I missed my connecting flight in Costa Rica and lived to tell the story

I missed my connecting flight in Costa Rica and lived to tell the story

It was my first time traveling to another county completely solo. Sure I had flown to Germany before but I would meet up with my best friend the next day.

My trip to Costa Rica was solo from O’Hare to San Jose and back again. I planned the trip to Manuel Antonio perfectly, or so I though.

I sat next to a frequent Costa Rican visitor on the plan and explained how I would take the connecting flight from San Jose to Quepos and a bus from Quepos to my hostel.  She warned me about how early you had to be to the gate long before takeoff.  I shrugged it off because there wasn’t a choice.  This had to work.

Sure I panicked. I didn’t research a backup on how to get to my hostel. I got off the plane and into the line at customs. Oy vey. I didn’t plan on this.  It took forever.  Everyone around me was complaining about their connecting flights and being the passive person I usually am, I decided to keep mum.

I was through customs with five minutes to spare. Needless to say, I didn’t make it to the gate before the plane took off, much less the required hour before.

Now what? Well I took five seconds to breathe and panic and breathe again. I even shed a few “what the flip am I going to do now” tears. But this wasn’t my first rodeo. This was my eighth country.  I’m a world traveler, damn it. I was going to figure this out while determined to use my cell phone as little as possible.

After I chilled, I headed to the bathrooms where I changed out of my February in Chicago outfit into nineties and super humid tank and shorts. Boy was I happy when I got outside!

The ATM was broken so I took a walk around and found the currency exchange to obtain some Costa Rican Colon. Now time to make a plan.  How was I going to get to Manuel Antonio?  The bus.  I headed to the bus stop. I asked a few locals how to get to Manuel Antonio or Quepos, but no one knew.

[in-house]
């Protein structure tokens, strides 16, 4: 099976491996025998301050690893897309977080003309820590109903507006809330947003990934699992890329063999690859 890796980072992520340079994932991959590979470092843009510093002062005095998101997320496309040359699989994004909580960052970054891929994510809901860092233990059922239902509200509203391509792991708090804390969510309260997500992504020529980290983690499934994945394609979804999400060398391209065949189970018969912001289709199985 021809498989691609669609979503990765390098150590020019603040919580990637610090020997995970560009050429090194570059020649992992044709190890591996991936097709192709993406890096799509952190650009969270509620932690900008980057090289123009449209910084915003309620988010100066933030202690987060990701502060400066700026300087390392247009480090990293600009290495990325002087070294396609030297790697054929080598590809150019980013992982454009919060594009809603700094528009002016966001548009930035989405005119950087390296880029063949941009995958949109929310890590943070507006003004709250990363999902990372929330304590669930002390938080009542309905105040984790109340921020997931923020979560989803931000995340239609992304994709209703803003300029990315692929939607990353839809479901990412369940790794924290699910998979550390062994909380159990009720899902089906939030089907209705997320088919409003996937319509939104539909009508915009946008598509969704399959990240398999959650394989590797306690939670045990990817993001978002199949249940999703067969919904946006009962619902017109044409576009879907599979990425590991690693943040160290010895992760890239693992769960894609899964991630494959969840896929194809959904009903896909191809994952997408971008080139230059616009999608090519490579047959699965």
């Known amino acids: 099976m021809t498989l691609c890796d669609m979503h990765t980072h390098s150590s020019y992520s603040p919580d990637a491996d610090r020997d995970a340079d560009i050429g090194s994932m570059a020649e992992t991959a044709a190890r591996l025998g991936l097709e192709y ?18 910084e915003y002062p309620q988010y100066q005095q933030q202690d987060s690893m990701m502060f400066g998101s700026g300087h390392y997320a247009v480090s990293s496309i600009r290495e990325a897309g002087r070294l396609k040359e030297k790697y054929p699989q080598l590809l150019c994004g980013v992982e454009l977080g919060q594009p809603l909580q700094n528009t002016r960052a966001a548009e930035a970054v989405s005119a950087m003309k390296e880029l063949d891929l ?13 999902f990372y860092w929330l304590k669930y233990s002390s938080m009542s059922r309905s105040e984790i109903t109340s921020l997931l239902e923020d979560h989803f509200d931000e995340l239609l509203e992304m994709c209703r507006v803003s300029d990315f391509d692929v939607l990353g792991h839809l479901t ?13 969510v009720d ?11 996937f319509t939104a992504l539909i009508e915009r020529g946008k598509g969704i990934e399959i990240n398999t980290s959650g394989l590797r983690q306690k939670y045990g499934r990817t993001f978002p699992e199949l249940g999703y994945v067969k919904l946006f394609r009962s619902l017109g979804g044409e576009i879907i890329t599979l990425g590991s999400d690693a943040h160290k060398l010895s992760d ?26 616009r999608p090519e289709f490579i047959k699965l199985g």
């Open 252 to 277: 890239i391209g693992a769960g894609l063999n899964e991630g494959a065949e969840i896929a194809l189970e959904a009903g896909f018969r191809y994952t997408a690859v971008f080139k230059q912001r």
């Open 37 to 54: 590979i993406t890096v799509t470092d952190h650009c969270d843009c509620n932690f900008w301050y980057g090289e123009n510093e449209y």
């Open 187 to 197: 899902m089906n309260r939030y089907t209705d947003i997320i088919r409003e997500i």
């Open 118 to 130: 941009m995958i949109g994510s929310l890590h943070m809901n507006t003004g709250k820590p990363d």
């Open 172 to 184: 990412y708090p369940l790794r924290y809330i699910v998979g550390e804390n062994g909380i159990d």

I watched bus after bus come through. None of the drivers were going to Quepos or Manuel Antonio.

After 15 minutes, a couple of Americans asked me if I was lost. Not technically. I knew where I was and where I was going, just not a clue how I was going to get there. After talking for a bit about their experience in Costa Rica, what I should try to see and a receiving large warning that I should not, under any circumstances, drive, they told me to grab a cab to downtown San Jose.  There I could catch a bus directly to my Hostel.

She warned me about setting a price for the cab and not to pay more than a certain fair. I found a taxi and made it to the bus station for the fair I asked.

I ordered a bus ticket with my limited Spanish. It wasn’t for another three hours. I ordered some food. I panicked a little every time a new bus pulled up.  I didn’t completely understand the lit up signs on the coach buses.  If I got to nervous, I would show my ticket to the person at the ticket window.  She would assure me I was okay and I would sit back down and wait.

At two minutes until my buses arrival time, a coach bus pulled up. I knew, somehow, that this was my bus. Maybe, ya know, the time helped?

I got in line, jumped on the bus and we took off. The bus ticket stated the arrival time to Manuel Antonio and there was a clock near the front of the bus.  I settled in, knowing it would be a while.

We passed coconut trees, banana trees, and small little villages.

A passenger asked me where I was staying and I told her Hostel Vista Serena. She spoke little English but understood what I was saying and nodded.  About fifteen minutes before our arrival time, the lady said something to the bus driver.

The lady turned to me and told me to get off at the next stop. I wasn’t sure what to think, but then saw a sign for my hostel. When the bus stopped, I grabbed my small carry on, and jumped off.

I backtracked, uphill, in the dark, on the side of the road for a little less than a quarter mile and found my Hostel. I was about seven hours late, but I did it.  I did it sans cell phone. Check me out!

But this is what is great about traveling alone. No, really I didn’t do that much. With the help of a few friends during my journey, I found a way to travel 100 miles. But accomplishing something like that on your own, in a place you’ve never been, where few people speak the same language as you, feels really amazing.

Photo of Map is Courtesy of Google Maps

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